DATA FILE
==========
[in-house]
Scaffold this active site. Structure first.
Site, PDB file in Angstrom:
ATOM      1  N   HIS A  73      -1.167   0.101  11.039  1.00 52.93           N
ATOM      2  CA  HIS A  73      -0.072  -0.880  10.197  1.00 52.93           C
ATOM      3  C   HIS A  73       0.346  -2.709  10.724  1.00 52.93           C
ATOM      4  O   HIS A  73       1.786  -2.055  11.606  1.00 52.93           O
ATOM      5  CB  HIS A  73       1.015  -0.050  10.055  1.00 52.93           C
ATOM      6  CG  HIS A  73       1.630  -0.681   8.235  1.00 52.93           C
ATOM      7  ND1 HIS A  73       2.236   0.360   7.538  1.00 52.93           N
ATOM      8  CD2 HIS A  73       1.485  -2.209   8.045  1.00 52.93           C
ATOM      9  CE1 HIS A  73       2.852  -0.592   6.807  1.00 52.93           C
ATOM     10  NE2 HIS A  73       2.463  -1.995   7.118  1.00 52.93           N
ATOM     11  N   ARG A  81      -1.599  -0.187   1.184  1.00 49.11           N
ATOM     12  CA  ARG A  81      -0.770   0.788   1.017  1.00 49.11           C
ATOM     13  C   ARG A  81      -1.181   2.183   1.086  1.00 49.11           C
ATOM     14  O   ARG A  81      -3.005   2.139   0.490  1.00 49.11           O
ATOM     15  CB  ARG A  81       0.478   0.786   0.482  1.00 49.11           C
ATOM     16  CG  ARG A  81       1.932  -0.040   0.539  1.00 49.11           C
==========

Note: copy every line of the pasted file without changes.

[in-house]
Scaffold this active site. Structure first.
Site, PDB file in Angstrom:
ATOM      1  N   HIS A  73      -1.167   0.101  11.039  1.00 52.93           N
ATOM      2  CA  HIS A  73      -0.072  -0.880  10.197  1.00 52.93           C
ATOM      3  C   HIS A  73       0.346  -2.709  10.724  1.00 52.93           C
ATOM      4  O   HIS A  73       1.786  -2.055  11.606  1.00 52.93           O
ATOM      5  CB  HIS A  73       1.015  -0.050  10.055  1.00 52.93           C
ATOM      6  CG  HIS A  73       1.630  -0.681   8.235  1.00 52.93           C
ATOM      7  ND1 HIS A  73       2.236   0.360   7.538  1.00 52.93           N
ATOM      8  CD2 HIS A  73       1.485  -2.209   8.045  1.00 52.93           C
ATOM      9  CE1 HIS A  73       2.852  -0.592   6.807  1.00 52.93           C
ATOM     10  NE2 HIS A  73       2.463  -1.995   7.118  1.00 52.93           N
ATOM     11  N   ARG A  81      -1.599  -0.187   1.184  1.00 49.11           N
ATOM     12  CA  ARG A  81      -0.770   0.788   1.017  1.00 49.11           C
ATOM     13  C   ARG A  81      -1.181   2.183   1.086  1.00 49.11           C
ATOM     14  O   ARG A  81      -3.005   2.139   0.490  1.00 49.11           O
ATOM     15  CB  ARG A  81       0.478   0.786   0.482  1.00 49.11           C
ATOM     16  CG  ARG A  81       1.932  -0.040   0.539  1.00 49.11           C